VR healthcare company MyndVR recently partnered with HTC VIVE to introduce a new service called MyndConnect. The platform will allow seniors to connect with family members and friends in the Metaverse, using VR to eliminate the need to travel.
MyndConnect is a platform designed specifically for senior living settings that makes use of HTC VIVE’s new, ultra-lightweight VIVE Flow goggles. The solution addresses the rising awareness around senior care and the impacts of isolation felt during the pandemic period.
XRHealth Raises $10m to build virtual clinics in the Metaverse
XRHealth is a technology company focused on the development of an open and integrated marketplace of healthcare services in the virtual universe. Virtual treatment rooms provide clinicians with more options to grow their businesses, improve access for patients, and may enhance user comfort and simplicity.
XRHealth supports most leading health insurance providers by making its services more affordable. It will play a major role in expanding the healthcare metaverse by providing patients global access to clinicians with relevant treatment information and capabilities.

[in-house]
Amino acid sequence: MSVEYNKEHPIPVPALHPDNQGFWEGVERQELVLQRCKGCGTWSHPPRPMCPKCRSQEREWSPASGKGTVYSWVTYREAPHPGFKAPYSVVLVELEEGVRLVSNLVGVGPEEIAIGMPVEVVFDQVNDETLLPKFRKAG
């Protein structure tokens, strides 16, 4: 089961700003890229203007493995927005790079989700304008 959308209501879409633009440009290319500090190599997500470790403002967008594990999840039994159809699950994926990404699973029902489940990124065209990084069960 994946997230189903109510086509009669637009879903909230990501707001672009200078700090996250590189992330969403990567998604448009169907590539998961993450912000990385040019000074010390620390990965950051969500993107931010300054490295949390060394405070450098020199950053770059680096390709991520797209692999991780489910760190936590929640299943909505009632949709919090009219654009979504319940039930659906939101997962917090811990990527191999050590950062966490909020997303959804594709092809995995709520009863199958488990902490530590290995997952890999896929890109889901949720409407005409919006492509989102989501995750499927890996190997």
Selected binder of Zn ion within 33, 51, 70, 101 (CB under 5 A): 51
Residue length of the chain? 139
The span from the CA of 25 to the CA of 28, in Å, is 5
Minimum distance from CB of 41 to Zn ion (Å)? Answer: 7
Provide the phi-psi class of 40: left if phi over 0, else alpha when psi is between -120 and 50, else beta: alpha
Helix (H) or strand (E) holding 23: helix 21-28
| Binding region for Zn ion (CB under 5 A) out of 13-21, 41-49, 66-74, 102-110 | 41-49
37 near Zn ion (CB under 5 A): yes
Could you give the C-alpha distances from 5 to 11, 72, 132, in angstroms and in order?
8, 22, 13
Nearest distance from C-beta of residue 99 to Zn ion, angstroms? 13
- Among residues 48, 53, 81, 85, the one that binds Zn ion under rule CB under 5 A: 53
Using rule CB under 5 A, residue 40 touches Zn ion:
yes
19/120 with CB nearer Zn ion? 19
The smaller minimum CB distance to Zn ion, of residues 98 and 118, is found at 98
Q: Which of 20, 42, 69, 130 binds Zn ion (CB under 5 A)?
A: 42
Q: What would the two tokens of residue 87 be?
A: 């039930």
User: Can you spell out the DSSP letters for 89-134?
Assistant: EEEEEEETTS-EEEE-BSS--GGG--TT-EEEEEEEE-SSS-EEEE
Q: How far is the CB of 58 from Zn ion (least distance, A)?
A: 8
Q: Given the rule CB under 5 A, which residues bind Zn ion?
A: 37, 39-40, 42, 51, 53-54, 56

Interaxon launches a new VR SDK to support brain health innovation
Consumer neurotechnology and meditation company Interaxon will provide VR developers with a software developer kit (SDK) and brain-sensing headband to collect patient data. It intersects VR healthcare with wearables and the Internet of Things (IoT), to enrich the data available to clinicians and healthcare professionals.
The integration of wearable sensor data into digital health experiences drives personalized insights, which will significantly improve the user experience for VR healthcare applications.